The Permian Basin’s resource potential and oil versus gas split


Nov. 22 2019, Updated 7:22 a.m. ET

One of the largest oilfields

According to current estimates, the Permian Basin is one of the largest oilfields in the world. A recent presentation from Pioneer Natural Resources (PXD) showed the total recoverable resource potential of the Spraberry and Wolfcamp formations in the Permian Basin to be approximately 75 billion barrels of oil equivalent, up 50% from 2013 level, and second only to the Ghawar Field in Saudi Arabia.

A further chart shows the Spraberry and Wolfcamp formations to hold the largest amount of estimated recoverable resources in the United States.

Note that the Spraberry and Wolfcamp formations in these charts don’t include the Delaware Basin, another component of the Permian Basin.

High magnitude of hydrocarbons

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The magnitude of hydrocarbons available in the Permian Basin is one of the factors that make it an attractive place to drill for oil and gas. Another major factor is the oil and gas split given current commodity prices. By industry standards, one barrel of oil is roughly equivalent to 6,000 cubic feet of natural gas (1 bbl = 6 mcf). However, currently, oil trades at roughly $90 per barrel and natural gas is trading at roughly $4 per thousand cubic feet. Although the energy ratio of oil to natural gas is 6:1, the ratio of the price at which the commodities trade is over 20:1 (note that these are approximations, as differences in the quality of hydrocarbons and origin of production can cause prices to vary).

The region is prolific

According to the Railroad Commission of Texas (RRC), historical production from the Permian Basin has totaled roughly 29 billion barrels of oil and 75 billion cubic feet of gas, or roughly 70% oil by energy content. The oil content of the Permian Basin, in conjunction with the improvement of recent technology, has made the Permian Basin a hot play, and activity there has escalated rapidly over the past few years. Further confirming how prolific the region could be, the RRC also states that the Permian Basin “is estimated by industry experts to contain recoverable oil and natural gas resources exceeding what has been produced over the last 90 years.”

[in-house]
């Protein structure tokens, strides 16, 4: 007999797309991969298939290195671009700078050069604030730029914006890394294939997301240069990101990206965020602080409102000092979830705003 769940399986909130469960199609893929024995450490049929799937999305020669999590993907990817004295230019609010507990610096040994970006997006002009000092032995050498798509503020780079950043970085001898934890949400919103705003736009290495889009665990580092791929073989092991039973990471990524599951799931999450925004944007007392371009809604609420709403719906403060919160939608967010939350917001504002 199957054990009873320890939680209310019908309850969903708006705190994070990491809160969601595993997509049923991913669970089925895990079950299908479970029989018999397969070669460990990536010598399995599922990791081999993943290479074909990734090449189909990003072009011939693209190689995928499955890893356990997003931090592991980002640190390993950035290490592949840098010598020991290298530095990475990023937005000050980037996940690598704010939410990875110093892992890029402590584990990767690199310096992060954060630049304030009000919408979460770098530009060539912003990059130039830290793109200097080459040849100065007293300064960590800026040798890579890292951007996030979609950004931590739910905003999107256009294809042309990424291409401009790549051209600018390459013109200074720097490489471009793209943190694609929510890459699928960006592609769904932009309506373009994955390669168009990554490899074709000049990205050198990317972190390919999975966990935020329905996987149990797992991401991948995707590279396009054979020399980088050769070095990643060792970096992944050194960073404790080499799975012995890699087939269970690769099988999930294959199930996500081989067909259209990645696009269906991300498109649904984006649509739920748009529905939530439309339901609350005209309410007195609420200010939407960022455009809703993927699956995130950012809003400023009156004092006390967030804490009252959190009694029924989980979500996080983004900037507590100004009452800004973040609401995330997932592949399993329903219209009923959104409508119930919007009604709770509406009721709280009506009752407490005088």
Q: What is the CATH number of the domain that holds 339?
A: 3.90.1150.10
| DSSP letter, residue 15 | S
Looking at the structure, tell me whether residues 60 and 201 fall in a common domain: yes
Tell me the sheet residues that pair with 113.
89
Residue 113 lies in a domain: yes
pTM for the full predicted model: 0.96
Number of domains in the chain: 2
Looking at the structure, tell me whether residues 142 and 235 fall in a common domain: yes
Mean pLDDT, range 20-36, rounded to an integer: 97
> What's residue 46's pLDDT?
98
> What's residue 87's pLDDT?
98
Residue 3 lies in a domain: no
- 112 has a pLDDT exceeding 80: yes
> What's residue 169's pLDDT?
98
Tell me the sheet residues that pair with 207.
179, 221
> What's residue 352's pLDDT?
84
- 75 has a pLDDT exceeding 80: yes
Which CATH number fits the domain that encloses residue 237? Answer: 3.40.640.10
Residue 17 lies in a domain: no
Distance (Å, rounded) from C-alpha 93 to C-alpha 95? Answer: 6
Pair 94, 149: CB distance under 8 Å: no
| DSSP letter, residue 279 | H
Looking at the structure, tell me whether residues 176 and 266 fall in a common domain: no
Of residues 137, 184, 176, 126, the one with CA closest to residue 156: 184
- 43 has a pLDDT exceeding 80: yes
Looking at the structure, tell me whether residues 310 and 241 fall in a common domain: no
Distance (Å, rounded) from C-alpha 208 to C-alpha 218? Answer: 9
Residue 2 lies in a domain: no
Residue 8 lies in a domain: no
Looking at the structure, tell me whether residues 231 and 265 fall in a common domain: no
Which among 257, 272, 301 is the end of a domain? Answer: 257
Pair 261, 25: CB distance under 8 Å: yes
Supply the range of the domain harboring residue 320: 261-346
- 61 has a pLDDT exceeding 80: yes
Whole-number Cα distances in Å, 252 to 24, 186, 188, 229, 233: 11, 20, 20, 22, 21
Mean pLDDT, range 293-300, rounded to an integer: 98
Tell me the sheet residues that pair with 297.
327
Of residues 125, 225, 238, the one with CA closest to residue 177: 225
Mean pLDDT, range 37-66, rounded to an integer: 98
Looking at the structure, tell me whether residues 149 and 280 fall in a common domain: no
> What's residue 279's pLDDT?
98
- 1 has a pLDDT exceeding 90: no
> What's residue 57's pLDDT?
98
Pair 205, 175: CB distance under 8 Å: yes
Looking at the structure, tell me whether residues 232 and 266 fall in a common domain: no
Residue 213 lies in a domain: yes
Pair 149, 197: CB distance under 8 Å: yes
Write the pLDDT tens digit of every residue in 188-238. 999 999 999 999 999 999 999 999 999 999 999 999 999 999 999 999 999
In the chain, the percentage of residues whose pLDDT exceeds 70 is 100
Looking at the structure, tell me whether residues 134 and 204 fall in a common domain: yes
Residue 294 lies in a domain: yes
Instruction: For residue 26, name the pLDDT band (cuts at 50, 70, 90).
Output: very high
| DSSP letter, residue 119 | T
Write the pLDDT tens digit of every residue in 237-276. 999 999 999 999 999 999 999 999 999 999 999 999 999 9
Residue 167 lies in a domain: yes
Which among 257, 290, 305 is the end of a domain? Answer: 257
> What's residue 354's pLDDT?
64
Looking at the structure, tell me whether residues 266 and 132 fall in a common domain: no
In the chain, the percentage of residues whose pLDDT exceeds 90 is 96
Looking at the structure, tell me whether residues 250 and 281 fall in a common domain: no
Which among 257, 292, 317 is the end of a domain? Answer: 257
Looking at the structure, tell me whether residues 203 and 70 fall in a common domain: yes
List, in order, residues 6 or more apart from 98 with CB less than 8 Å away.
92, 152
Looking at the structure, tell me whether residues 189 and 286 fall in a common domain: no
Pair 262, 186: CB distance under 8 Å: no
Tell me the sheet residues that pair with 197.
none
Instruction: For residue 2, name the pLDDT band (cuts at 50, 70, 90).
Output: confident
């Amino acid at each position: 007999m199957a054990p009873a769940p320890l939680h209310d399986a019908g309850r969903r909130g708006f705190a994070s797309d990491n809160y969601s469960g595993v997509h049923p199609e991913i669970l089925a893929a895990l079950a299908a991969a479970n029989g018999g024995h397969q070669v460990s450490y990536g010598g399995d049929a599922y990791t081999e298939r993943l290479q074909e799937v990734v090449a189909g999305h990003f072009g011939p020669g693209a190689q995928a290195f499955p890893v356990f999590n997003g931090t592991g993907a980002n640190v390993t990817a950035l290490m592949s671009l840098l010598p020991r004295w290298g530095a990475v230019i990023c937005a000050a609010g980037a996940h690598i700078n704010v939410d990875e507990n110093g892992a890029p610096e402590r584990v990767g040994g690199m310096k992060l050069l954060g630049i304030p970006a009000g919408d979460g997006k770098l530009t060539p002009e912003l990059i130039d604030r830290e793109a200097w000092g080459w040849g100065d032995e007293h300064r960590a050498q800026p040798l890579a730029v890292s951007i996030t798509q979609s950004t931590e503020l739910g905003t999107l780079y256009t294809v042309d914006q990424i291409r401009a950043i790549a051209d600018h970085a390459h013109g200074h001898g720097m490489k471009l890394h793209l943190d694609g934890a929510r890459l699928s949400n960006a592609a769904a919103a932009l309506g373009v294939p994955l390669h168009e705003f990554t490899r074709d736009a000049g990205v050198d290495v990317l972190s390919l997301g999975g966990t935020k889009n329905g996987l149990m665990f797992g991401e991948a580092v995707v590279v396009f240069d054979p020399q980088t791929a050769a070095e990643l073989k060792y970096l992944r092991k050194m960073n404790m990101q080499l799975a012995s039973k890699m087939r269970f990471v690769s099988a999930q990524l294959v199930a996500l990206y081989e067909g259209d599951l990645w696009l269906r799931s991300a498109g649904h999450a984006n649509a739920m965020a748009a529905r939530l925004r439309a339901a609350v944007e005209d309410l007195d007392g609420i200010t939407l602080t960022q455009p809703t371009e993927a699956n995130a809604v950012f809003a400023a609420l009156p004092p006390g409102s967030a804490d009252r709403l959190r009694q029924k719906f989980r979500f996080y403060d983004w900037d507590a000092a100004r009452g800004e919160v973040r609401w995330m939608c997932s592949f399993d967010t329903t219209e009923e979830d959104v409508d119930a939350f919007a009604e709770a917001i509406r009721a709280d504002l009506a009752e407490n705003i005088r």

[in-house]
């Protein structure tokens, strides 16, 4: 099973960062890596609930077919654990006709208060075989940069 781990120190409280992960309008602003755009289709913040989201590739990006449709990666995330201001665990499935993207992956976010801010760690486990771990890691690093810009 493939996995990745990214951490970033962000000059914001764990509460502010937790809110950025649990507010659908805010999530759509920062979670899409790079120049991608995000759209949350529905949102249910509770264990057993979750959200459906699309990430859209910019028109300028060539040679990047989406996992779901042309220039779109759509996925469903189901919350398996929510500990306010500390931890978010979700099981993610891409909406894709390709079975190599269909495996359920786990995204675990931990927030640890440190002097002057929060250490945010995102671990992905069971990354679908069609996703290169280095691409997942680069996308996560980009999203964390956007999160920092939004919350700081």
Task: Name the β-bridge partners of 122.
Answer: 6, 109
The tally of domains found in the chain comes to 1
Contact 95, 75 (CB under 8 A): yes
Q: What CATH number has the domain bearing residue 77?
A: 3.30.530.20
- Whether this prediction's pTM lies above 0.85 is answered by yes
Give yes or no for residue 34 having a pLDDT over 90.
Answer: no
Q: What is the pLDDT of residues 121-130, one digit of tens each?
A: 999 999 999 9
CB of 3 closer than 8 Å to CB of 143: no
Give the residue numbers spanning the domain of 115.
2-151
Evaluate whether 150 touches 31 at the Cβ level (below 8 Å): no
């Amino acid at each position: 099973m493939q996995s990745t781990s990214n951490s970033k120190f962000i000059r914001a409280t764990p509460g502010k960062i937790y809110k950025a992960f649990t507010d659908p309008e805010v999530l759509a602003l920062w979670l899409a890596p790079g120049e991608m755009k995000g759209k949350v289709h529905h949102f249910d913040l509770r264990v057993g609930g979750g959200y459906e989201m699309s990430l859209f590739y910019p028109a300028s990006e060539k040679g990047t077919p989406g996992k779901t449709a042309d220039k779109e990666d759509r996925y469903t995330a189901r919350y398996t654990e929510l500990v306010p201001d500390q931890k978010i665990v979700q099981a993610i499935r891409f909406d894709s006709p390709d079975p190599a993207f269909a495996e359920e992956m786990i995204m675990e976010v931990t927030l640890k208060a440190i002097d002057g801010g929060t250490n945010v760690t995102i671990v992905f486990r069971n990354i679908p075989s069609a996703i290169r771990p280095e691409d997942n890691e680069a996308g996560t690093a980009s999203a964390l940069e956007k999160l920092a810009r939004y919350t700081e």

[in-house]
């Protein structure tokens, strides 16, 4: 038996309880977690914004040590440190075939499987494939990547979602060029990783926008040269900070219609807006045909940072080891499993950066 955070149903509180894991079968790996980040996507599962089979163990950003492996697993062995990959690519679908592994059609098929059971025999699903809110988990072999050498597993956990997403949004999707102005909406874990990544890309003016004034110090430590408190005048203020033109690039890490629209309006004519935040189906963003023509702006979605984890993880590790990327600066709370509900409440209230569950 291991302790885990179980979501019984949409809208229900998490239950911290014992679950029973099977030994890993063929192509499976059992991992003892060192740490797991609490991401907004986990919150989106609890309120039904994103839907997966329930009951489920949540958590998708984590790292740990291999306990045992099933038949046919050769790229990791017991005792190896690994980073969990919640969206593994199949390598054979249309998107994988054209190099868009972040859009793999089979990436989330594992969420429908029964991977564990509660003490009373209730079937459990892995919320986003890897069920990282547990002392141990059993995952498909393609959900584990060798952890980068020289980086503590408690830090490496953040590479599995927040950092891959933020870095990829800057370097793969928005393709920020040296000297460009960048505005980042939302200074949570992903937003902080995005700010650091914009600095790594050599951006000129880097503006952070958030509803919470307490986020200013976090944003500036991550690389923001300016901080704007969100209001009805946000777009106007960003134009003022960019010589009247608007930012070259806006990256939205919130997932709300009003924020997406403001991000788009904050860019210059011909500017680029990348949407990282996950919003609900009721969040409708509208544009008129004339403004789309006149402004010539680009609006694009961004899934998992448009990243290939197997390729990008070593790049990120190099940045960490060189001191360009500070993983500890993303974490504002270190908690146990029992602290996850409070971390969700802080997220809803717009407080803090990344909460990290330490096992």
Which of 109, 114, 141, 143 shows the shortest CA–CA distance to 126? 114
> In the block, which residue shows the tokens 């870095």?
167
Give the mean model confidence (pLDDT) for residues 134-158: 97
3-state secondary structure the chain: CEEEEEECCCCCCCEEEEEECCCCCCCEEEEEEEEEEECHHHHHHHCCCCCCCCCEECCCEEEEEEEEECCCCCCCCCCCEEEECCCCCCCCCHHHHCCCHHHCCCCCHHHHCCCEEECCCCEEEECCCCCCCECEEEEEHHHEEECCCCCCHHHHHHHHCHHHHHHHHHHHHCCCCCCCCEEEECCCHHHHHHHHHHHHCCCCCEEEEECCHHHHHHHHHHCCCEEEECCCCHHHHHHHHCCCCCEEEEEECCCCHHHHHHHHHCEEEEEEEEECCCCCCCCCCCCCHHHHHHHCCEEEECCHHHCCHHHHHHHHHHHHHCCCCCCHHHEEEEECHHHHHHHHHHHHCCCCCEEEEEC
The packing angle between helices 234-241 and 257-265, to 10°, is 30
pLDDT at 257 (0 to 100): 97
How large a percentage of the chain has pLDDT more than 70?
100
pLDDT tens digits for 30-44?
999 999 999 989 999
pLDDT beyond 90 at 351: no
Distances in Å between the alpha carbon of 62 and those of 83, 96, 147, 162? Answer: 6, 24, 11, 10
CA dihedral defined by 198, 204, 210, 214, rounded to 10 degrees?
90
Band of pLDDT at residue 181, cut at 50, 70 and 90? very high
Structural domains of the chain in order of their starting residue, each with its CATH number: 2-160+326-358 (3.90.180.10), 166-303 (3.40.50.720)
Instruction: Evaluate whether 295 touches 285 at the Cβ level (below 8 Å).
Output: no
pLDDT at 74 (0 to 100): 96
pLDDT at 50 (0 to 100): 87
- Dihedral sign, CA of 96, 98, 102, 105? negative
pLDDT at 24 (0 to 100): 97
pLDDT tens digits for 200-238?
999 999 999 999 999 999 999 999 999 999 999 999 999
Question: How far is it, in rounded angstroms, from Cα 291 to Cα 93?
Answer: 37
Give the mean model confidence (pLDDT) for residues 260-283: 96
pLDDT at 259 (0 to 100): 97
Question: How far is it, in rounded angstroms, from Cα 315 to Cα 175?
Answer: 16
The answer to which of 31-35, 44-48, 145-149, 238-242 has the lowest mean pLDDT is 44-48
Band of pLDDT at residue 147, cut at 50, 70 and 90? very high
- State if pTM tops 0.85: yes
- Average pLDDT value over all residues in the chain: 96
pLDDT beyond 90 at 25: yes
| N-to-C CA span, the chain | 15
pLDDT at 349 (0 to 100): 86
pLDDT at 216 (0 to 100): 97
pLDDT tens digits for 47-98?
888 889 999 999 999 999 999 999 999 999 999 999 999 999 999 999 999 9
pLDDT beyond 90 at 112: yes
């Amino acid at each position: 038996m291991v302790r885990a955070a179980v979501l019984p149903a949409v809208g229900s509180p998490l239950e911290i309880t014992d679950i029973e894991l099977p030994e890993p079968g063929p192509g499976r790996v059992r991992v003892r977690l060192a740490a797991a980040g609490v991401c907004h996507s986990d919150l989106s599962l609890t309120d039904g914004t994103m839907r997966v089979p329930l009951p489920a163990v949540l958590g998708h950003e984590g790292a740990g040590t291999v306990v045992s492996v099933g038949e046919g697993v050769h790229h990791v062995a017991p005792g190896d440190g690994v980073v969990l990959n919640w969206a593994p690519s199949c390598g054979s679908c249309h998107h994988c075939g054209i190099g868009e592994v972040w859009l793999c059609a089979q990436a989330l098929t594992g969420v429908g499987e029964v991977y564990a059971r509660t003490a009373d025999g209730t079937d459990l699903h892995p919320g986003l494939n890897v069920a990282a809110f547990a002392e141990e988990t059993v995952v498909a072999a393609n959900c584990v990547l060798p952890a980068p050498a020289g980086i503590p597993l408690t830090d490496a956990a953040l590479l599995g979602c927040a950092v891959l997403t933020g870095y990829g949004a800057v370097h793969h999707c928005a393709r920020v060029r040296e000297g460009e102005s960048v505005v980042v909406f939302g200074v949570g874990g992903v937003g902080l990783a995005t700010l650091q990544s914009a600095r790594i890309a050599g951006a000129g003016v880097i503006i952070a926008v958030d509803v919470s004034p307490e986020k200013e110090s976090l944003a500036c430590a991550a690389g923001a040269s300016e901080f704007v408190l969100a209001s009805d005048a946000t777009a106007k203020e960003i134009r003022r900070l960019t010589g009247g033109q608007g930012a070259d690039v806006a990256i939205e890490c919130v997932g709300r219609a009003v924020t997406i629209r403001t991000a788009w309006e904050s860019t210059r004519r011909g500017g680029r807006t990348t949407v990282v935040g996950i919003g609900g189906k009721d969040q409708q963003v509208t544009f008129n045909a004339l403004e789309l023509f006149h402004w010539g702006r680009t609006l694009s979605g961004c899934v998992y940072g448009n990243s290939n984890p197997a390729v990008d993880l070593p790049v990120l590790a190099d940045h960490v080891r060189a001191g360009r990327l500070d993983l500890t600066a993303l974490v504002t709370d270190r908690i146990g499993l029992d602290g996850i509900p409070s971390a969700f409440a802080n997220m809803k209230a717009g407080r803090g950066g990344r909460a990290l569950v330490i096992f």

Other statistics you should consider on the oil-versus-gas split in the play:

  • Pioneer Natural Resources has stated that 80% of its production in its Spraberry and Wolfcamp drilling is oil.
  • Approach Resources has stated that ~70% of its proved reserves was booked to horizontal Wolfcamp play in 2013.
  • Laredo Petroleum has stated that approximately 50% of its proved developed reserves of its Permian reserves is oil.


Increased activity in the Permian Basin has had positive effects on the entire value chain of the energy companies operating in the region. The oil and gas companies that would benefit from higher drilling and production in the Permian include oil producers like Concho Resources (CXO), Pioneer Natural Resources (PXD), Laredo Petroleum (LPI), and EOG Resources (EOG). Some of these companies are components of the Energy Select SPDR ETF (XLE) and Vanguard Energy ETF (VDE).


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